True mastery isn't attained until the fourth stage of learning - Unconscious Competence. This is the place where there is little or no difference between what the body has practiced to perfection and the mind has learned. You no longer think about your frame, or what move comes next. In fact, you don't think much (about the moves, at least). Instead, you're free to enjoy the moment and genuinely connect with your partner. Those who manage to reach this level of mastery are sought after, and spend much time on the dance floor. This is partially due to their skill and partially to the pleasure and delight they evidence in their dancing. In connecting, this pleasure and delight can encompass their partner as well.

The trick is in the getting there. Anyone who manages to be open to the learning opportunities, take classes, dance often is pretty much guaranteed to reach stage three -- Conscious Competence. After an extended period of commitment to learning, you'll find yourself dancing comfortably with most partners and having a good time.

To achieve mastery, however, you may well have to abandon the linear approach -- give up the convenient notion that simply by progressing through some prescribed sequence of learning experiences you'll end up a great dancer. When we think linearly, we tend to think in terms of quantity instead of quality, or we make alienating comparisons: “I want to learn more slick moves”; “I'll only dance with partners at my level”; “she's better than I am (or I'm better than him)”. The trap is that you risk becoming a dance snob, a stylized technician with the moves of Fred or Ginger, but the heart and soul of Schwarzenegger's Terminator.

When you dance with someone who has achieved mastery, you know it within a few seconds. These partners allow you to look and feel grand, not better than you are, but as good as you can be. You connect. You'll dance with them again and again. Such mastery is an art form. It is a gift they give to each of their partners. You can choose mastery, just as you can choose to stay at stage three. Both options are valid. But often mastery involves a paradigm shift of intention.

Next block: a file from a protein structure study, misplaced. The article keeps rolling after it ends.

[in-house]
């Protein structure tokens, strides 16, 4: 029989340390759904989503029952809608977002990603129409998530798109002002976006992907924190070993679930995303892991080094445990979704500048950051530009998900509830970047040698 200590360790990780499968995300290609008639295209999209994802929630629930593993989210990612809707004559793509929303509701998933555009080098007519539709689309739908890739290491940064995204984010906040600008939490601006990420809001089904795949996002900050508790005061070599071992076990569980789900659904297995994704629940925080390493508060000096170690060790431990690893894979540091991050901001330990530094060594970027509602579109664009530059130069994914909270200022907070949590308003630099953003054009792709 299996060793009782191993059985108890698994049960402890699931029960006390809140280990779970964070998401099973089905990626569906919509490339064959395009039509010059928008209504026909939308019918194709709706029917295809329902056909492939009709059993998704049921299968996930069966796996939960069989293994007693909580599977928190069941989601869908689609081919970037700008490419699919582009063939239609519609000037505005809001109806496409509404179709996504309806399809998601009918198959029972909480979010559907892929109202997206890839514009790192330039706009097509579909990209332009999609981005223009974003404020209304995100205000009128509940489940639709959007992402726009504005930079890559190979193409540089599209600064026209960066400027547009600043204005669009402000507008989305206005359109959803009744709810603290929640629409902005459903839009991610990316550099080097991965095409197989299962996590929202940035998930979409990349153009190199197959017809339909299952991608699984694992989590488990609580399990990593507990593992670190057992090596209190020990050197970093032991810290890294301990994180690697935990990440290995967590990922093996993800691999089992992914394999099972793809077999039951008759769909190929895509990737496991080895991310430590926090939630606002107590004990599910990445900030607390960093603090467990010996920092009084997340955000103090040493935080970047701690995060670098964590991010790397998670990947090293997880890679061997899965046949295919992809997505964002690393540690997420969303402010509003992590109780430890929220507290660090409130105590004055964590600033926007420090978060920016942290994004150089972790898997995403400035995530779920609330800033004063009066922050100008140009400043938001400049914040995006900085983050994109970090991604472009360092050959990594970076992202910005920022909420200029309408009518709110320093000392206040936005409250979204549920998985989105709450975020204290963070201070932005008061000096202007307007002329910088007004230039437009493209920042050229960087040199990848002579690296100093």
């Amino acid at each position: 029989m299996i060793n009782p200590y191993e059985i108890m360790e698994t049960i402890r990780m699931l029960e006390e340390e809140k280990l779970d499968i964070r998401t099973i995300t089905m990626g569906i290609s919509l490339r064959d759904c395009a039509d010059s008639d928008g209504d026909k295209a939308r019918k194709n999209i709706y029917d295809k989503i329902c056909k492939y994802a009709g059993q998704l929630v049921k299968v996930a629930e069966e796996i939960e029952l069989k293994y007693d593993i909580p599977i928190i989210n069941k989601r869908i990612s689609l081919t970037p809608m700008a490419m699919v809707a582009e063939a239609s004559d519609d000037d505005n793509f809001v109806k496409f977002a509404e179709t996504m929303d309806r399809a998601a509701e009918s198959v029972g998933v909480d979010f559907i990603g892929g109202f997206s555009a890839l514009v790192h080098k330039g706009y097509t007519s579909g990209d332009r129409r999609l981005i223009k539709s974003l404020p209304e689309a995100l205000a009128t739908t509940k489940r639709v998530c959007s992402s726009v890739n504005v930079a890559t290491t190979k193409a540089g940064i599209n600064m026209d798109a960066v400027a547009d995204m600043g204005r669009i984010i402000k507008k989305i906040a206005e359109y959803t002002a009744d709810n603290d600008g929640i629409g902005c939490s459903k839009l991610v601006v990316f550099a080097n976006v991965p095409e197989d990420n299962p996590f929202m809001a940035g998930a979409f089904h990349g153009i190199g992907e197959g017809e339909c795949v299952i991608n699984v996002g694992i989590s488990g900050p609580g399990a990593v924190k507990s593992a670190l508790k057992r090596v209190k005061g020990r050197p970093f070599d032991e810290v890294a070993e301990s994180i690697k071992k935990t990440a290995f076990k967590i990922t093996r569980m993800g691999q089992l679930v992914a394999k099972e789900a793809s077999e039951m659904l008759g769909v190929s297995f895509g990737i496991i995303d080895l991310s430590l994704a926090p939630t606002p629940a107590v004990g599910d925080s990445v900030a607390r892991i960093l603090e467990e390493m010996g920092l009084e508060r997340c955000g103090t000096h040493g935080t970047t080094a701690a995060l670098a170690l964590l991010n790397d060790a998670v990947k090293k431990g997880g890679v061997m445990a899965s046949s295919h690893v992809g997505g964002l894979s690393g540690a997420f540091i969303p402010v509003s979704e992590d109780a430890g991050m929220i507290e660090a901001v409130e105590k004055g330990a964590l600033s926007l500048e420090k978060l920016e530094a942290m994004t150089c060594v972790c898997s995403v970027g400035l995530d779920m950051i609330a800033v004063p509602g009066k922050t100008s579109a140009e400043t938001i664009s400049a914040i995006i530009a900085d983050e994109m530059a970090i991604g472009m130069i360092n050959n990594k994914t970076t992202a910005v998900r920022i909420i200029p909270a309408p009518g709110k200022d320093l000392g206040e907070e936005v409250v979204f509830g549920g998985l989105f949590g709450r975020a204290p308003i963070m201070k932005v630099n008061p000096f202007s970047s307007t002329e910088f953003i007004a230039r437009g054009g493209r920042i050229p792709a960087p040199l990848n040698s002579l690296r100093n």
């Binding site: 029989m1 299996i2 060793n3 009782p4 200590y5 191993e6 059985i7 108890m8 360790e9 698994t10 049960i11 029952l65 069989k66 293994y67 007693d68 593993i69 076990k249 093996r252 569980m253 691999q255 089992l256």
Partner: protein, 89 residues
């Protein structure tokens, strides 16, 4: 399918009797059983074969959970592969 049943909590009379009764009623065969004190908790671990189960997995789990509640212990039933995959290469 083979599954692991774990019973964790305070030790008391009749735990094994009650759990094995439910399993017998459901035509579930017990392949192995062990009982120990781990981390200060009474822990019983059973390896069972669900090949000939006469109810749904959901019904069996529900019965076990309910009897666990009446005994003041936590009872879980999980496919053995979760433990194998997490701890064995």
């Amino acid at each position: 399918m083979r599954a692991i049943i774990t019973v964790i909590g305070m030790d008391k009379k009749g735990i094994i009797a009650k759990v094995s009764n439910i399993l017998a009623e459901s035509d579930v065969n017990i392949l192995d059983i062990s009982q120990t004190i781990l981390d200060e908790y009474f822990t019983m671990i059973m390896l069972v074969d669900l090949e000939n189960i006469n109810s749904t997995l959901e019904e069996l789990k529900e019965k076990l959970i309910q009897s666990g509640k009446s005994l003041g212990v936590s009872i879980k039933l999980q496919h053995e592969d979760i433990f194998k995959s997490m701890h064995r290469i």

Part of the prescription is to start seeing experience not as a step in a finite sequence but as a timeless opportunity for learning. So what if you've taken waltz classes four times, or intermediate foxtrot three times? Go back and take them again. And again and again. Plunge back into intermediate foxtrot, or single time swing, or try role reversal. What you learn will not be linear part of your curriculum, but as you share with less experienced dancers a new confidence and grace, as you forget about your own footwork and simply enjoy moving with your partner to a new level of competence, your own dancing will transport you to a place of uncommon joy, and you will learn far more than you ever learned the first time through. About dancing, and about yourself.

That's the real magic of any learning, and dancing.


gentelmanjim53 63M

12/3/2005 8:25 pm

This is written by a man of years who has done he experience and the labor to know the neauances of the subject. Ths is also written by a teacher, one who knows how to write a cirriculem and has the expertise to present that information in a coherant and understandable manner. Correct me if I am wrong sir.


rm_goddess1946 106F
13518 posts
12/6/2005 9:24 am

ahhhhhhhhhhhh ...the dance

And your game of "Nude Blindwoman Tease" was without
question the hands down winner {=} thank you for that..........

Just a little food for thought.............
If you really want to be happy, nobody can stop you...
{=}


Lonelywoman56 60F

12/12/2005 5:47 pm

I love you........RUN...... Chill out, I'm kidding.
I liked your ? is that an analogy? Whatever it was officialy.... Thank you for writing it, I enjoyed reading it. Good luck in you adventures.